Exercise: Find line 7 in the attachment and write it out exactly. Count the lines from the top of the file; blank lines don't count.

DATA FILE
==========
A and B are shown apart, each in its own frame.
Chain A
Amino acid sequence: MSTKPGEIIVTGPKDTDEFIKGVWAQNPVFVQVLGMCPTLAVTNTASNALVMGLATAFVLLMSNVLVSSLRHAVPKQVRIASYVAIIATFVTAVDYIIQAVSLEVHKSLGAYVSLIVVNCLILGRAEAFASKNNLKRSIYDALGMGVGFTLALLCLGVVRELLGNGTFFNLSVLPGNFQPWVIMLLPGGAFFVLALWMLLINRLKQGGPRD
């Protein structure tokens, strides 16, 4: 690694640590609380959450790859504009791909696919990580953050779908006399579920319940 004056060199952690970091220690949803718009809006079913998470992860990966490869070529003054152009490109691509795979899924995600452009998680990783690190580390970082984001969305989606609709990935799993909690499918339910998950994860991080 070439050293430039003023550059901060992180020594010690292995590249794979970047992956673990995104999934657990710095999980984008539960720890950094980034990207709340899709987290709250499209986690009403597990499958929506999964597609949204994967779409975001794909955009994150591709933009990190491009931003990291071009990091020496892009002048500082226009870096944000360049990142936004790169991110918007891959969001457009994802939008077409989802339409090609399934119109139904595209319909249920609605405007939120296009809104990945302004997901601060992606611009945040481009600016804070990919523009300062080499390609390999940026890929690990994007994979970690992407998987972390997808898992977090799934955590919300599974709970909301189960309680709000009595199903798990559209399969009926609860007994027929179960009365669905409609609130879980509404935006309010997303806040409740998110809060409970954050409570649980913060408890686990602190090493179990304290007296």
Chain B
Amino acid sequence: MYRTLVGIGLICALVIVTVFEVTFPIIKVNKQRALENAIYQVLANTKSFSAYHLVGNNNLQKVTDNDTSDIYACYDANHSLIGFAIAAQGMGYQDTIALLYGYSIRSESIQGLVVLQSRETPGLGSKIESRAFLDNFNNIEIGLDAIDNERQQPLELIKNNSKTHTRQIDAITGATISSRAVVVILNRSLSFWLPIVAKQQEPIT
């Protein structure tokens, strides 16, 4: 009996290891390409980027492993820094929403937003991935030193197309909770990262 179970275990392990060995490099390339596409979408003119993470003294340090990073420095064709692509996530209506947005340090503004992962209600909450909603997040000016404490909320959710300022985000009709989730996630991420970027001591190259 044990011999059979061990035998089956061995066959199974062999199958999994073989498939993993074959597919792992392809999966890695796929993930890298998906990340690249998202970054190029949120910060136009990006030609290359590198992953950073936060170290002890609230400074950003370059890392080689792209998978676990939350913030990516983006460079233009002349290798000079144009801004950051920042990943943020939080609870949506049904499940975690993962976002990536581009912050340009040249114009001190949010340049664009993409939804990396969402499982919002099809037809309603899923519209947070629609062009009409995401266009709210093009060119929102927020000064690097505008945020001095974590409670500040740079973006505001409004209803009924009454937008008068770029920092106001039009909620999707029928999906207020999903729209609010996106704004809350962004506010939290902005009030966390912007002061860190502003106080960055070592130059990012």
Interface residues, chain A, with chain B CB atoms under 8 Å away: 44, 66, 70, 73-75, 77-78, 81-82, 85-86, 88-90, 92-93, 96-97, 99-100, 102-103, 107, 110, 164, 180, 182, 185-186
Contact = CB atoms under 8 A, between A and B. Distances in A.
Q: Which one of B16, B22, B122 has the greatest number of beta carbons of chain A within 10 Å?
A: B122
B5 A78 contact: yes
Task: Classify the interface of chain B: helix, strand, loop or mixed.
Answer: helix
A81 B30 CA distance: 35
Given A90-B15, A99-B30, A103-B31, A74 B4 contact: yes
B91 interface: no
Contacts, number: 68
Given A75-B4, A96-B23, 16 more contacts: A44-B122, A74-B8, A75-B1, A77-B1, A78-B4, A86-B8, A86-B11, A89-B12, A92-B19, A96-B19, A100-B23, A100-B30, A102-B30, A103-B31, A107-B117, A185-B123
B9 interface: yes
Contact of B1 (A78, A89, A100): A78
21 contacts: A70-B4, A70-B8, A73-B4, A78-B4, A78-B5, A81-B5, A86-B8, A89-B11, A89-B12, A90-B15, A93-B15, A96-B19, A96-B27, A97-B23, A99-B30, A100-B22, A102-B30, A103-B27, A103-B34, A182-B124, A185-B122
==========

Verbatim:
């Protein structure tokens, strides 16, 4: 009996290891390409980027492993820094929403937003991935030193197309909770990262 179970275990392990060995490099390339596409979408003119993470003294340090990073420095064709692509996530209506947005340090503004992962209600909450909603997040000016404490909320959710300022985000009709989730996630991420970027001591190259 044990011999059979061990035998089956061995066959199974062999199958999994073989498939993993074959597919792992392809999966890695796929993930890298998906990340690249998202970054190029949120910060136009990006030609290359590198992953950073936060170290002890609230400074950003370059890392080689792209998978676990939350913030990516983006460079233009002349290798000079144009801004950051920042990943943020939080609870949506049904499940975690993962976002990536581009912050340009040249114009001190949010340049664009993409939804990396969402499982919002099809037809309603899923519209947070629609062009009409995401266009709210093009060119929102927020000064690097505008945020001095974590409670500040740079973006505001409004209803009924009454937008008068770029920092106001039009909620999707029928999906207020999903729209609010996106704004809350962004506010939290902005009030966390912007002061860190502003106080960055070592130059990012």